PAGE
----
I knew the government had to step in, and I also felt confident that given our rents in the market, most of our tenants were going to be able to pay their bills and they will.
Andrew: We had a similar COVID experience, but it's a weird backside of this because now, people are still making more on unemployment than they were at their day job. The incentives aren't matching up appropriately. That's a whole other conversation.
Let me go back to this Tucson deal, this 31-lot park. What even got you interested in this deal, in mobile home parks in general? Was this just like, hey, this looks like a good investment, or did you research the asset class and say, hey, this is what I want to do?
Charlie: I love this question. It's also always a question I ask my sellers, too. I always want to find out, hey, how did you get involved in mobile home parks? It's just a fun mystery to unveil. If I recall for you, I think it was because you're doing the mobile home flipping and then you said, hey, I should just get to park.
Andrew: Yeah. Doing Lonnie Deals. That's exactly it.
Charlie: I looked into doing Lonnie Deals, too. I knew I wanted to invest in real estate. I took a moment to just study the landscape of real estate, the different asset classes, and unpeel it. I was like, okay, maybe I'd buy a duplex, buy a quadplex, buy a small garden-style apartment complex.
Then, just through that rabbit hole of research, I came across mobile home parks on the Internet. I don't know how I came across it, some forum. It was one of those things where I never understood mobile home parks. I would see them from time to time. My grandma lives in one at one point. I think like a lot of people, I was just naive, too.
I just thought, why would I want to own a mobile home park? Don't mobile homes depreciate in value? They don't typically go up in value. Why would I want to own something like that? But once I really understood the thesis behind the investment words, I'm like, oh, no, the tenants own their homes. When I wanted to own the land and essentially be the glorified parking lot with utility structures. It became a lot more attractive. Also, once I understood other factors that go into it, I look at things like a market demand point of view, too. The need for affordable housing is just something I don't see decreasing in my lifetime or any time. We seem to have a wider and wider gap year over year in housing affordability in this country.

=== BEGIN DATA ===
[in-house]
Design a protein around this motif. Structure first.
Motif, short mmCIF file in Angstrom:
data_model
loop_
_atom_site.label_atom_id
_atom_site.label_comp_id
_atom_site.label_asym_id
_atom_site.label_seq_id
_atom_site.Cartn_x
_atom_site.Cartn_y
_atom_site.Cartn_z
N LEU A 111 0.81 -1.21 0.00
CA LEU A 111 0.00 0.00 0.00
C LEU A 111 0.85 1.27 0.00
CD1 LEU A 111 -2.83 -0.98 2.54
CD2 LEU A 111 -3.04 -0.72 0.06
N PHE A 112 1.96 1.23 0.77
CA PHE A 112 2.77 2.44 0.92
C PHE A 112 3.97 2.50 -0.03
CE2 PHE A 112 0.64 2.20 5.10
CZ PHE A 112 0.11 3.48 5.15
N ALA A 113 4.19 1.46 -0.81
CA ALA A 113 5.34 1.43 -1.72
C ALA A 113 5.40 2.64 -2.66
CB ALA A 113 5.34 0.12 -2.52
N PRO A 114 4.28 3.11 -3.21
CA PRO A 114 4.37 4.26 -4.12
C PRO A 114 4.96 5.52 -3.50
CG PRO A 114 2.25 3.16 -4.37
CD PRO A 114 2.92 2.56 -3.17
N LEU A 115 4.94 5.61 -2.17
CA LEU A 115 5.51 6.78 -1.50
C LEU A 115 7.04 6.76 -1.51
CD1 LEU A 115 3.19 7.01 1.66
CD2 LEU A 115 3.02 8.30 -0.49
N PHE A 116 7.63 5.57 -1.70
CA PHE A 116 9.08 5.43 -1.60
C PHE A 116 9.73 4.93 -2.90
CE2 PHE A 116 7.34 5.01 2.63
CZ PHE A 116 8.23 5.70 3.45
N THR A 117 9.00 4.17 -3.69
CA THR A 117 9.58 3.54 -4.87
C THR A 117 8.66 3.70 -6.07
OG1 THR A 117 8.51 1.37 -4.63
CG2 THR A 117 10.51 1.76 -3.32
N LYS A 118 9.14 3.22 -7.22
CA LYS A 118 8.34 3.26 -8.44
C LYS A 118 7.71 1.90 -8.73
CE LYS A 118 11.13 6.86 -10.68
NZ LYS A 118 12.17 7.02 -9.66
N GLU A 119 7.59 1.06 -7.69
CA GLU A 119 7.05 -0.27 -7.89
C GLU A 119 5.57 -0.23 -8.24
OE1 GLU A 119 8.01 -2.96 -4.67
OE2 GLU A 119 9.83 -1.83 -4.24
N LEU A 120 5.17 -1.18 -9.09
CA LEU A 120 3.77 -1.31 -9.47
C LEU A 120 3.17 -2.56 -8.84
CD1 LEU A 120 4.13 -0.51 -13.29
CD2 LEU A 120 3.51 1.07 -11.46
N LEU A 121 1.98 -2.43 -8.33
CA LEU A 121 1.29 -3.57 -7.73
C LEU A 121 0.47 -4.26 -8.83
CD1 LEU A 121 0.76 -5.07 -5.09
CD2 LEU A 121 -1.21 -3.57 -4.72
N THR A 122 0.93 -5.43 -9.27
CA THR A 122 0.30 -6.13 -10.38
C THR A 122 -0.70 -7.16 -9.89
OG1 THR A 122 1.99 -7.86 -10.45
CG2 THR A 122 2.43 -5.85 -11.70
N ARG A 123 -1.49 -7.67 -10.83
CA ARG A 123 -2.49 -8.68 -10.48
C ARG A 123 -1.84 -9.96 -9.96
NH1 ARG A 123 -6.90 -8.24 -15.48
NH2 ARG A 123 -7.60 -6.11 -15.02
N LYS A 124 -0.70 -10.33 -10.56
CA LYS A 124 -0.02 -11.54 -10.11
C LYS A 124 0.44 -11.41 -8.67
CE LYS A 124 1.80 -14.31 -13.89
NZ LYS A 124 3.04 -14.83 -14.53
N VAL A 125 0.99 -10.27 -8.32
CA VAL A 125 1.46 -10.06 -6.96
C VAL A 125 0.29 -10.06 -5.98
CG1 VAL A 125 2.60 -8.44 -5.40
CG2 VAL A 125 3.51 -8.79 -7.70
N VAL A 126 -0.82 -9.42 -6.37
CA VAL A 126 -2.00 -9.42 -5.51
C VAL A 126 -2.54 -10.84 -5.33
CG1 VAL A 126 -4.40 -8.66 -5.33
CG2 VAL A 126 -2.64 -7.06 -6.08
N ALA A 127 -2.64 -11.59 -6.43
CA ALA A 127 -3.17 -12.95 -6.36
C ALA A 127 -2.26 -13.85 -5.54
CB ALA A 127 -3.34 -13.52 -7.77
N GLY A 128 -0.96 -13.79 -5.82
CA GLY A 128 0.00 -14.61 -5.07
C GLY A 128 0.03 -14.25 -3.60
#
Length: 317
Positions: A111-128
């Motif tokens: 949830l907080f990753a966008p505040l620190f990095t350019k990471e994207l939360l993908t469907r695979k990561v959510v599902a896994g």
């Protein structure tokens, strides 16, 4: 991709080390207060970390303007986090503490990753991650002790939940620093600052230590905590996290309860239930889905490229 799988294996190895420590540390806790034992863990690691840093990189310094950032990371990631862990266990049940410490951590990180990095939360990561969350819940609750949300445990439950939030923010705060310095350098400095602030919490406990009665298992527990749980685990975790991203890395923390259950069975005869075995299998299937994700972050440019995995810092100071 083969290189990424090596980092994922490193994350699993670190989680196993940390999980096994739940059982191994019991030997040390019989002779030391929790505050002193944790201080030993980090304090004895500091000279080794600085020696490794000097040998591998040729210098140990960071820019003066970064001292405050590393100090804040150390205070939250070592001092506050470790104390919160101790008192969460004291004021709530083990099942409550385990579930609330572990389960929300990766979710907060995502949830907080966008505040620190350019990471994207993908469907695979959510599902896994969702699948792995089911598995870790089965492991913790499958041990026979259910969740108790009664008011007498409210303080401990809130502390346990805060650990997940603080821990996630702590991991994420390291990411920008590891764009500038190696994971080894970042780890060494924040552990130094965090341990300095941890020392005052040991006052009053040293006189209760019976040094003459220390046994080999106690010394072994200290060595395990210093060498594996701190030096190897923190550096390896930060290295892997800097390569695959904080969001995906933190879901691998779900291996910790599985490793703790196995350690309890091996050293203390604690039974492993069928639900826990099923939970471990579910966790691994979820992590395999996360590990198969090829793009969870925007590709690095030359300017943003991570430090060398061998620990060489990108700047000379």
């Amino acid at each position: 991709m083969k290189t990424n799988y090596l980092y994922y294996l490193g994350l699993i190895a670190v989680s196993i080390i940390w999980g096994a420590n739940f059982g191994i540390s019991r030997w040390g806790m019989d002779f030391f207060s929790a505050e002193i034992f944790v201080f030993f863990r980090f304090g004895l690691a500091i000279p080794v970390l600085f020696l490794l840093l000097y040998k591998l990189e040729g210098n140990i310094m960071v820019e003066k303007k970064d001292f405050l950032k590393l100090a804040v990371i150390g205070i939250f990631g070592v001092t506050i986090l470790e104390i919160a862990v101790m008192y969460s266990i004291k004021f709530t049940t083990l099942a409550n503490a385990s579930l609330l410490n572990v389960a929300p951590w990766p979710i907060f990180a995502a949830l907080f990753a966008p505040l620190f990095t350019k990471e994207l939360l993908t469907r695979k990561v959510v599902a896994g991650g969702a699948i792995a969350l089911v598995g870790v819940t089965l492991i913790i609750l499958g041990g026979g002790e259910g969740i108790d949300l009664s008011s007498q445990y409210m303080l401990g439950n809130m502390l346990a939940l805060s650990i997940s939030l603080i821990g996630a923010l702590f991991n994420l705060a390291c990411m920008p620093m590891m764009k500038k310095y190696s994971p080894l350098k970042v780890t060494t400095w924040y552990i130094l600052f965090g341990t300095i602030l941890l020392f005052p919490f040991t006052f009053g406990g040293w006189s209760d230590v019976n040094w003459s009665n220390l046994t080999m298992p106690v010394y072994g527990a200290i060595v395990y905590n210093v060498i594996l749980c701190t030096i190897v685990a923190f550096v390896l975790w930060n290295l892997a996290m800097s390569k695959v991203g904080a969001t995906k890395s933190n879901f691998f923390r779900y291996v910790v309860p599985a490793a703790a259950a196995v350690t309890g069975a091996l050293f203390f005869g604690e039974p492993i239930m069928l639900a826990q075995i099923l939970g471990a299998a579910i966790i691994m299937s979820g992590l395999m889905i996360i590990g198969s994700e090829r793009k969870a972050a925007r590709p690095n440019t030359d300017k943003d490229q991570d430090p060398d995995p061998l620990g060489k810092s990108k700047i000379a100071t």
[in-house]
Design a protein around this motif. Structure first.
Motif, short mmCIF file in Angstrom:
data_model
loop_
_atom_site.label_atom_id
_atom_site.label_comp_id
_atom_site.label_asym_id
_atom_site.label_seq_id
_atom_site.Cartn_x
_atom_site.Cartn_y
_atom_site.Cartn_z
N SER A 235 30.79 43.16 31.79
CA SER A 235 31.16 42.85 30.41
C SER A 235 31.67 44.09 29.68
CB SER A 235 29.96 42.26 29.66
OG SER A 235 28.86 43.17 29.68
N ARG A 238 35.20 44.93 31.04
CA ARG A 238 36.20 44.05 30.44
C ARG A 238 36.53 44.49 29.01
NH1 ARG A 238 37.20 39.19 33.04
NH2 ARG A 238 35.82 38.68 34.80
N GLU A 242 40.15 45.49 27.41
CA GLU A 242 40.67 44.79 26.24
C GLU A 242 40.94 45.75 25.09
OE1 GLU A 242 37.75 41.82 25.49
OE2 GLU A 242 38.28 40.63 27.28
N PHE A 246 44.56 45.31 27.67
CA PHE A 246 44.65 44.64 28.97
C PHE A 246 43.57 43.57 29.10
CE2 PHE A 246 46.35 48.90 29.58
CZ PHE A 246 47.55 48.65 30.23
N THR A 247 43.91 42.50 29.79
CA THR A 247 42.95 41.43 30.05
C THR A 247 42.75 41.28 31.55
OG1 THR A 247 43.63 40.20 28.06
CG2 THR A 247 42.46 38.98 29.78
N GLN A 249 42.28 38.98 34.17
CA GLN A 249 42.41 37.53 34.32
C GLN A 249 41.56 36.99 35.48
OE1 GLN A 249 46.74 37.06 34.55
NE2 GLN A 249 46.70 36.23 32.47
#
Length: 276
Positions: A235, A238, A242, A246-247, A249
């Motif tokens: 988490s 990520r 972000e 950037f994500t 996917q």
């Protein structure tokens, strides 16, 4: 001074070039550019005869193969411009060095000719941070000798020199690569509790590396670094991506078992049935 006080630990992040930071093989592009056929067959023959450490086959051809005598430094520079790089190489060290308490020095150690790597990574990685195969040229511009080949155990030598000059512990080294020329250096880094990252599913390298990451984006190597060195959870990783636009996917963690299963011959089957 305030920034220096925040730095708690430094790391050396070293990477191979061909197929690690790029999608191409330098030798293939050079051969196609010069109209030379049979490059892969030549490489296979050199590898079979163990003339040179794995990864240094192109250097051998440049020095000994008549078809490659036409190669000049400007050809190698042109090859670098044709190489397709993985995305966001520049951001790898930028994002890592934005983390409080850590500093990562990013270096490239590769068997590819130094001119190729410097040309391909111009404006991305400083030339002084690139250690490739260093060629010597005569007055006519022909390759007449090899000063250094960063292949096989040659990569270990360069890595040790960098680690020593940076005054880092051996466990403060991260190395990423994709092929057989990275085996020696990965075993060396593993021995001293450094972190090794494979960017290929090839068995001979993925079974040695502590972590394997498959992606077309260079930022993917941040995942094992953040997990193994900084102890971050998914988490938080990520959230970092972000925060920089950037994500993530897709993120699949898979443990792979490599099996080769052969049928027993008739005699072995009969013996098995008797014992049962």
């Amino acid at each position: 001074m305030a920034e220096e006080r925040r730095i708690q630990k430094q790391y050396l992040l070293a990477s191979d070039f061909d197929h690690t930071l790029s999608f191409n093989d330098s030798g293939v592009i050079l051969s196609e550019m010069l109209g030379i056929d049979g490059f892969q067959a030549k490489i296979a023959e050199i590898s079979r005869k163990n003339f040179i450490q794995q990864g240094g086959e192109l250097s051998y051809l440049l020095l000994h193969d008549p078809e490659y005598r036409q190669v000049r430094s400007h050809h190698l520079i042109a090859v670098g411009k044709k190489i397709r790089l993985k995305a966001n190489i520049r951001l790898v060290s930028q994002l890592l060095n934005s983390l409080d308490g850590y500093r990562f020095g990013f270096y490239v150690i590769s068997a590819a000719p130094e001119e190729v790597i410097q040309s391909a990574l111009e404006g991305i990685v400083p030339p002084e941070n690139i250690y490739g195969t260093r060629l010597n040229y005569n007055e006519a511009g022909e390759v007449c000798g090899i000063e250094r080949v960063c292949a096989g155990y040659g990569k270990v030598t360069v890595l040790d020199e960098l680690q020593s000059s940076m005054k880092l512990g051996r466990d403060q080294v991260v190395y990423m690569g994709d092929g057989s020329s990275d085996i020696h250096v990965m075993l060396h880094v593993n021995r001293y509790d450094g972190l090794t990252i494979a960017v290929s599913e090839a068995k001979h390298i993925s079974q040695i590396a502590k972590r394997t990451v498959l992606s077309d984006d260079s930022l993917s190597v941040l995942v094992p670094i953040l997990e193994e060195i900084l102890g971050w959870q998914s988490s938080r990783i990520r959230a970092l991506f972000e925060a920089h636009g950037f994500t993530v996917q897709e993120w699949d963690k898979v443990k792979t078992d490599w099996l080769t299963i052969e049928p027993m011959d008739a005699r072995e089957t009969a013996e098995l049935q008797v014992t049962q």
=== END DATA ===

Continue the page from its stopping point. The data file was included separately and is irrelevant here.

From a market standpoint, I just felt very confident in the product and the service. Of course, we look at other factors. They're not building any more of these things. Cities create all sorts of laws and ordinances that basically discriminate against affordable housing. We can go on about why they do that. They make it very hard to build manufactured housing communities. Limited supply and rising demand curves are all very attractive. There are some other things that really come out. I'm trying to recall all of the points.
Andrew: I just think it's cool. I was wondering if you were going to tie the two together, but ParkPlease, the Airbnb of parking spaces, had some influence from the parking space because Kevin Bupp is buying parking lots now. It has some overlap with the business model in mobile home parks.
Charlie: It didn't, but the only overlap that was there for me was that I'm always looking for chaotic industries. I'm looking for things that are a mess because that's where the value is to be created. That's how you make money—by creating value, by solving problems. Parking—when I got into that and I still am—is still a very fragmented industry that needs a lot of solutions. There are some really cool people up there working on solving those things.
For me, mobile home parks were another chaotic, fragmented, misunderstood category. I was like, this is it because it's mom-and-pop owned, the data around the rents are just nearly non-existent. Professionalism in this industry doesn't exist really. It is now. There are guys like you and many others who are bringing that to the table, but it wasn't so much in 2016, 2015 when I was looking into the space. Even today, it largely lacks, but I think that we're getting there. The idea of a chaotic industry is maybe the overlap.